Plenty of offices will be empty until well into 2021, so there’s no time like the present to seek feedback from the boss and brush up on your skills.
Archives for November 2, 2020
Sports Fashion Chain Refused to Hire or Promote African Americans and Hispanics Into Management Positions and Harassed Black Employees, Federal Agency Charged
The U.S. Equal Employment Opportunity Commission (EEOC) will hold a Commission meeting on Monday, Nov. 9, at 1:00 p.m. (Eastern Time). Because of the COVID-19 pandemic it will be a remote, audio-only meeting.
The pandemic has taken jobs, gigs, customers, and contracts from countless women. And many still aren’t sure when their industries will reopen or when clients will be ready to hire them again.
In this Special Report: “Employees May Be ‘Out of Sight’ While Teleworking, but the ADA Should Not Be ‘Out of Mind,'” “Trump v. Biden: The Winner’s Impact on Employers,” “COVID-19 Calls for Increased Monitoring of Remote Workforce” and “Restrictive Covenants and the Curious Case of National Law Firm Breakups.”
In 2018, Wells Fargo & Co. sent its high-powered attorney, Eugene Scalia, then a partner at corporate law firm Gibson, Dunn & Crutcher, on a mission to San Francisco to make a U.S. Labor Department investigation go away.
A Chicago area chain of sports fashion stores will pay $420,000 and revamp its management hiring and recruitment processes to end an EEOC lawsuit alleging it discriminated against Black and Hispanic workers in filling management positions, federal court records show.
Have you ever thought about how clean your employee workstations are?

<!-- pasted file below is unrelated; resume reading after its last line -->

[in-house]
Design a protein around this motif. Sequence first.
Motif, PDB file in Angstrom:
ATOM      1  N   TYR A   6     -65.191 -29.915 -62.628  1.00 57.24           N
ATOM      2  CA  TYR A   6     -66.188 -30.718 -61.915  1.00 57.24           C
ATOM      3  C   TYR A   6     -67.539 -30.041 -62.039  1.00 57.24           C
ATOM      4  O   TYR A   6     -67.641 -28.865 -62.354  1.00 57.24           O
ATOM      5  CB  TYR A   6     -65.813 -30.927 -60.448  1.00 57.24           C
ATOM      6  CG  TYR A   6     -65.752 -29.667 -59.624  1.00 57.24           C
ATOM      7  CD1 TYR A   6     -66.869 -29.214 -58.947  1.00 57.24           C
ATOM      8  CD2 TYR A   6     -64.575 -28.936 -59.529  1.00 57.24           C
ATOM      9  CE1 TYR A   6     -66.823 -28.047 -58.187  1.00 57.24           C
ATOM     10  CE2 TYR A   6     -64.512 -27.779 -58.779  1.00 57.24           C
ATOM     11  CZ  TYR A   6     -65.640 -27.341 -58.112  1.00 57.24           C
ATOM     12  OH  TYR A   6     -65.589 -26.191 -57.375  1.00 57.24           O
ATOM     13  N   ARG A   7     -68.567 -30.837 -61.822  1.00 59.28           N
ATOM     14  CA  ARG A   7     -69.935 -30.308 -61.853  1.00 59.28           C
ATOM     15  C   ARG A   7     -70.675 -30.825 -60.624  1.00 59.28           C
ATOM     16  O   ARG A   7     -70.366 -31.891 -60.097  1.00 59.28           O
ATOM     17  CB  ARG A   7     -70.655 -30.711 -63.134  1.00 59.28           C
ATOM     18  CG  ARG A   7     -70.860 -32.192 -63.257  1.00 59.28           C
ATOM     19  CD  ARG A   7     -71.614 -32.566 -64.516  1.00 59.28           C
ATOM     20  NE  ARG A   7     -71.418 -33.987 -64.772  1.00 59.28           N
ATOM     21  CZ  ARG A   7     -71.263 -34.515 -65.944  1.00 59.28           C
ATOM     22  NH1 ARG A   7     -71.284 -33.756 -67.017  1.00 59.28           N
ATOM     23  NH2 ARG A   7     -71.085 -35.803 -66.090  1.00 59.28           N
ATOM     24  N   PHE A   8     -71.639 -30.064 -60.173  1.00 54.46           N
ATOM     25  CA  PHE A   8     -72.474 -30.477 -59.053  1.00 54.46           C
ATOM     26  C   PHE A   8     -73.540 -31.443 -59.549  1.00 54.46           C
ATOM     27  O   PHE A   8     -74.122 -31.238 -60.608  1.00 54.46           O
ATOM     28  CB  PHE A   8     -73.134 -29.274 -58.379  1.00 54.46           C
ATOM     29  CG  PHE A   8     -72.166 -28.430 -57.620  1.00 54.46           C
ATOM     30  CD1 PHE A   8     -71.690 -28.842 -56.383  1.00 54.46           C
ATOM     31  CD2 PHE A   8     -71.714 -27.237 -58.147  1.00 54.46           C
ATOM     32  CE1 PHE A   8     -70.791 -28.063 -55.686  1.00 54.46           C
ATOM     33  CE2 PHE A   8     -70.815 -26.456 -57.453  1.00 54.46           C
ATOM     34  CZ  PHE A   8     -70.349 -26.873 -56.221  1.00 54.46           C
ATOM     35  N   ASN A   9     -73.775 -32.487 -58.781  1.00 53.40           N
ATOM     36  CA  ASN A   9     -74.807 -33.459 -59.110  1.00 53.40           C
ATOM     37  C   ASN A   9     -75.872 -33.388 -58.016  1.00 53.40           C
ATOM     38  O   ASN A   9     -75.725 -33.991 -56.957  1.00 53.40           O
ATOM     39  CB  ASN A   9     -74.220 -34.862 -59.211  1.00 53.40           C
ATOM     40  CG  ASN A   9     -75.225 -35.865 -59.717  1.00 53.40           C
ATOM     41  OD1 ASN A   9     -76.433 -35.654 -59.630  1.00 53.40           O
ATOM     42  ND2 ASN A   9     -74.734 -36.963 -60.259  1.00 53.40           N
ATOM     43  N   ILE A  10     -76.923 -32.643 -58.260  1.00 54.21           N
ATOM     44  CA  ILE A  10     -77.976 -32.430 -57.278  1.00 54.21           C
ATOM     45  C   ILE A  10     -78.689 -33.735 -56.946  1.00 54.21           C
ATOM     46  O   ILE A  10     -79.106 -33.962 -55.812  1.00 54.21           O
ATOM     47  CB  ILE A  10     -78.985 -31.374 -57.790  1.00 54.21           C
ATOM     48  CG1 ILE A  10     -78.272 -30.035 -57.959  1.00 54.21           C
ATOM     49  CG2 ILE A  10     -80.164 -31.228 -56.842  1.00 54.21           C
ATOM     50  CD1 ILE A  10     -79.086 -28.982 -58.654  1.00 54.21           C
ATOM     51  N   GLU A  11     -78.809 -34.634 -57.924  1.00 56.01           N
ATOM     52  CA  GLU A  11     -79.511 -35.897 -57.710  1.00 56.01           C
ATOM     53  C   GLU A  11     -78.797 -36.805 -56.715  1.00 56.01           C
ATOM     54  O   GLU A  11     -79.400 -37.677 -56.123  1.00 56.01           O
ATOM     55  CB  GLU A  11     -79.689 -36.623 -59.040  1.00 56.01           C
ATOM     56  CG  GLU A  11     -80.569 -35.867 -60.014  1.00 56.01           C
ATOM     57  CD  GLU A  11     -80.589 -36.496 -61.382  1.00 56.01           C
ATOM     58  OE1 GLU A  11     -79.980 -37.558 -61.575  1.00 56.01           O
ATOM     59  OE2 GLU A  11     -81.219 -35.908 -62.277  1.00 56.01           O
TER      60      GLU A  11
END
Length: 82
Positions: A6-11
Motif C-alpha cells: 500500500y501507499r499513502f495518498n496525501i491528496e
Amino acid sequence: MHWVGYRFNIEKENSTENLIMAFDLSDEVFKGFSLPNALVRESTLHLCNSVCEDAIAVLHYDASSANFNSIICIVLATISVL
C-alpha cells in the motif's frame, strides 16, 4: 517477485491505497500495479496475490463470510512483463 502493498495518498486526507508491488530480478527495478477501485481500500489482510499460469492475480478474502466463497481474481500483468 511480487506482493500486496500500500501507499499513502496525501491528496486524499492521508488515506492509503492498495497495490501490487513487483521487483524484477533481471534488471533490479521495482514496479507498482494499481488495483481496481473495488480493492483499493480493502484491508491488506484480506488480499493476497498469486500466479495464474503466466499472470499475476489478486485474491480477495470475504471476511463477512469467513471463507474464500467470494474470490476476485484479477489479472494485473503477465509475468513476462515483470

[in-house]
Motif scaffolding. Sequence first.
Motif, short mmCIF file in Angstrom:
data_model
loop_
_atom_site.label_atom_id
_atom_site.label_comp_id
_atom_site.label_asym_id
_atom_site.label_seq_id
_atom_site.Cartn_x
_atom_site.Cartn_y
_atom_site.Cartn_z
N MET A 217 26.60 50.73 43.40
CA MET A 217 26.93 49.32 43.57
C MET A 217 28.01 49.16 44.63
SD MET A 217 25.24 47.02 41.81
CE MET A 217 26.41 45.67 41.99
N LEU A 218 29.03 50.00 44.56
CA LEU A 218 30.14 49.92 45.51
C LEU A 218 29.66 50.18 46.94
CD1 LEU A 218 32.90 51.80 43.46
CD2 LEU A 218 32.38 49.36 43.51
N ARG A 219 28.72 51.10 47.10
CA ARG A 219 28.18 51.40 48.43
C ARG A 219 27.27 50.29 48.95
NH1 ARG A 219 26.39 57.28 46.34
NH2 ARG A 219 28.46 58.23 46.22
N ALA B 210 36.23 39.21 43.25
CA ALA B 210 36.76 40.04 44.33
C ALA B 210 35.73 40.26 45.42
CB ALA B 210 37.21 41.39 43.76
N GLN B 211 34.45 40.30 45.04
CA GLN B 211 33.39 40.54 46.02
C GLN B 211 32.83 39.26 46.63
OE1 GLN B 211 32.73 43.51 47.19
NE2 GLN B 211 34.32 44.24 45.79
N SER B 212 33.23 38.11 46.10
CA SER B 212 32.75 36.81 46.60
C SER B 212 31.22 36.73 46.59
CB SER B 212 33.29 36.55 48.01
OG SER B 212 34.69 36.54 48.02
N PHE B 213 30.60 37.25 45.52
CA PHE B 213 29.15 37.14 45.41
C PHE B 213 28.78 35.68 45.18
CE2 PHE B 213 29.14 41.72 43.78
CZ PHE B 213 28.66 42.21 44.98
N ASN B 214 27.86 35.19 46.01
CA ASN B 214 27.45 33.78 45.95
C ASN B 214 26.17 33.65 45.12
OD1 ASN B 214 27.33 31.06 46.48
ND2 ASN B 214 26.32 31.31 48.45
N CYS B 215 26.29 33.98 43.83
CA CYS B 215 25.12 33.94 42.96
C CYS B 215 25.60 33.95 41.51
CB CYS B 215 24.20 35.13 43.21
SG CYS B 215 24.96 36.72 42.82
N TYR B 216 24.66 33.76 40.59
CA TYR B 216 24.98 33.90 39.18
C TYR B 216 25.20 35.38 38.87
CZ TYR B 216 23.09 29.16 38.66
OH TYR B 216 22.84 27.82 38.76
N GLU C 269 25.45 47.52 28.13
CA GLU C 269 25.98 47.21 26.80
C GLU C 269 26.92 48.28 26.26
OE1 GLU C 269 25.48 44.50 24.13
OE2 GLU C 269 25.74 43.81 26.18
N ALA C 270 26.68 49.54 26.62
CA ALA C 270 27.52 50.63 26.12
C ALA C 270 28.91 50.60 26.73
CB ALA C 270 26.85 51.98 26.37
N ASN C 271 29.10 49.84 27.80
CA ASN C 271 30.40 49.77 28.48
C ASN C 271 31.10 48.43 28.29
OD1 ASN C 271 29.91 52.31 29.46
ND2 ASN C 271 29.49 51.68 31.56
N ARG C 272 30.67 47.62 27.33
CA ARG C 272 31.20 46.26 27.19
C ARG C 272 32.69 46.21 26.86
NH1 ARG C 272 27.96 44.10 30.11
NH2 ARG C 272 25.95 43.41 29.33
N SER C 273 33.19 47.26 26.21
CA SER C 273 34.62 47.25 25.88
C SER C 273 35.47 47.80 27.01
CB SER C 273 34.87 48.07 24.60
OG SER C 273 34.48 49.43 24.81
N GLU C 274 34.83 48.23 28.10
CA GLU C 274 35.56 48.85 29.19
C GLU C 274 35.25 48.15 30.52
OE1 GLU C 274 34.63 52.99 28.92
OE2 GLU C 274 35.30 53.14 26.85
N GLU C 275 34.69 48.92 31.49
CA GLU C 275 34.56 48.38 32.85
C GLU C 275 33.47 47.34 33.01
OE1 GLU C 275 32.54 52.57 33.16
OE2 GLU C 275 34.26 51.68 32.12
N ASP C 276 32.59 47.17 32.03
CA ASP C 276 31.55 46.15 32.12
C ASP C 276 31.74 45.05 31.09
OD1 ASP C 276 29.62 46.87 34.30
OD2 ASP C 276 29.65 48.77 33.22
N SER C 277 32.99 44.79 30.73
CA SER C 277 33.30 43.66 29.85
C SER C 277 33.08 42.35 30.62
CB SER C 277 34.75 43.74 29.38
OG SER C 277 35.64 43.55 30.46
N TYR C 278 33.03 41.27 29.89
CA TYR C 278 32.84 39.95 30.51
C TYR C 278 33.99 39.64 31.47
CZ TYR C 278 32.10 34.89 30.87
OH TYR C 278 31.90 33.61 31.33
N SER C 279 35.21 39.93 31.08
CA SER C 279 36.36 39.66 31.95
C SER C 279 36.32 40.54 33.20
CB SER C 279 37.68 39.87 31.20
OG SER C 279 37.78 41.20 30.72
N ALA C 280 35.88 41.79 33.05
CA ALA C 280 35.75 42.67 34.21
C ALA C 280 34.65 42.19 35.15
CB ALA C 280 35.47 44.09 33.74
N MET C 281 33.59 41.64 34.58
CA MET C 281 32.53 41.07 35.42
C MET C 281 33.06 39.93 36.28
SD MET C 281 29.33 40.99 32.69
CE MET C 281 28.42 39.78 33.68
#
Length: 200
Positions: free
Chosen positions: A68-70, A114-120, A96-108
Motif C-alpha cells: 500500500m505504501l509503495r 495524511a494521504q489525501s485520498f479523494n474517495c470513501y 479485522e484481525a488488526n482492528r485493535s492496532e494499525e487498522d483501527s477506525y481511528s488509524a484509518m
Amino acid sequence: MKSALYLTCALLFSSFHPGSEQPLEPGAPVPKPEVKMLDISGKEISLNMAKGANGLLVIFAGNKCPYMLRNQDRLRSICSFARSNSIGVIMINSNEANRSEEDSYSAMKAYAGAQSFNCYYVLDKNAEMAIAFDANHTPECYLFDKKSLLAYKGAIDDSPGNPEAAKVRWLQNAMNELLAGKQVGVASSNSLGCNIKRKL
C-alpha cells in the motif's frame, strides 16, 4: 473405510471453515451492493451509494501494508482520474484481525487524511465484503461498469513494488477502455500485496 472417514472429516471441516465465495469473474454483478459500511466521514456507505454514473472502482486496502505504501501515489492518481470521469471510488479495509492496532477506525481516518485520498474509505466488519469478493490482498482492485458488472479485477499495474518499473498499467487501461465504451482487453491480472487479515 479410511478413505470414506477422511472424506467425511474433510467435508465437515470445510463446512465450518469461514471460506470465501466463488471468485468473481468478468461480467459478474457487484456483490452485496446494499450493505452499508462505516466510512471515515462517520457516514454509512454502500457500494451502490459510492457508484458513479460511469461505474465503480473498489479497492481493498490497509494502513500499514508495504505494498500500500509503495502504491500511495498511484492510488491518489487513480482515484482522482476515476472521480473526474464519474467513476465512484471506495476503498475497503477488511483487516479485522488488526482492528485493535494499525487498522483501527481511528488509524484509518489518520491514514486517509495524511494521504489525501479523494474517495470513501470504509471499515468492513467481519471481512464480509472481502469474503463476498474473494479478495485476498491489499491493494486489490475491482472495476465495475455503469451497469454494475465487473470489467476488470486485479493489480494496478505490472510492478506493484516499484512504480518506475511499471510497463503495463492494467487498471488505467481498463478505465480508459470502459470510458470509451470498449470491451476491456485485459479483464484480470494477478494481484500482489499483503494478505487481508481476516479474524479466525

Work can be stressful, and the pandemic isn’t helping. After so many months of life being upside down, it’s natural to be at the end of the proverbial rope.
Gig companies have long argued that people who drive for Uber or deliver food for DoorDash aren’t employees but rather are self-employed — a vital legal distinction that allows many internet “platforms” to withhold benefits and take other steps to minimize their labor costs.
There is no saving the economy without guaranteeing worker health.
Many major corporations have issued public statements of commitment to aggressively increase representation of African Americans in the workforce, particularly at the leadership and management levels. In response, the U.S. Department of Labor’s Office of Federal Contract Compliance Programs (OFCCP), which is responsible for regulating and enforcing federal contractors’ non-discrimination and affirmative action obligations, has notified several of those companies of its concern that their commitments portend use of race-based selection processes.
Many manufacturing companies are beginning to envision what the workplace will look like in the near future. While some manufacturing work cannot be done remotely because it is impossible or impractical, many companies were able to shift certain types of work to the virtual workplace in response to the COVID-19 pandemic to limit the number of employees within their manufacturing facilities.
FordHarrison LLP, one of the country’s largest management-side labor and employment law firms, is pleased to announce that, in September and October of this year, the firm added eight associates to offices throughout the U.S. including Berkeley Heights, Los Angeles, San Francisco, Tampa, and Washington, D.C.
The U.S. Supreme Court will hear the second of several ERISA disputes this term, the first issue we discussed as the term began, October 5, 2020. Monday, November 2, 2020, the Justices will consider whether the Railroad Retirement Board’s denial of a claimant’s request to open a prior benefits decision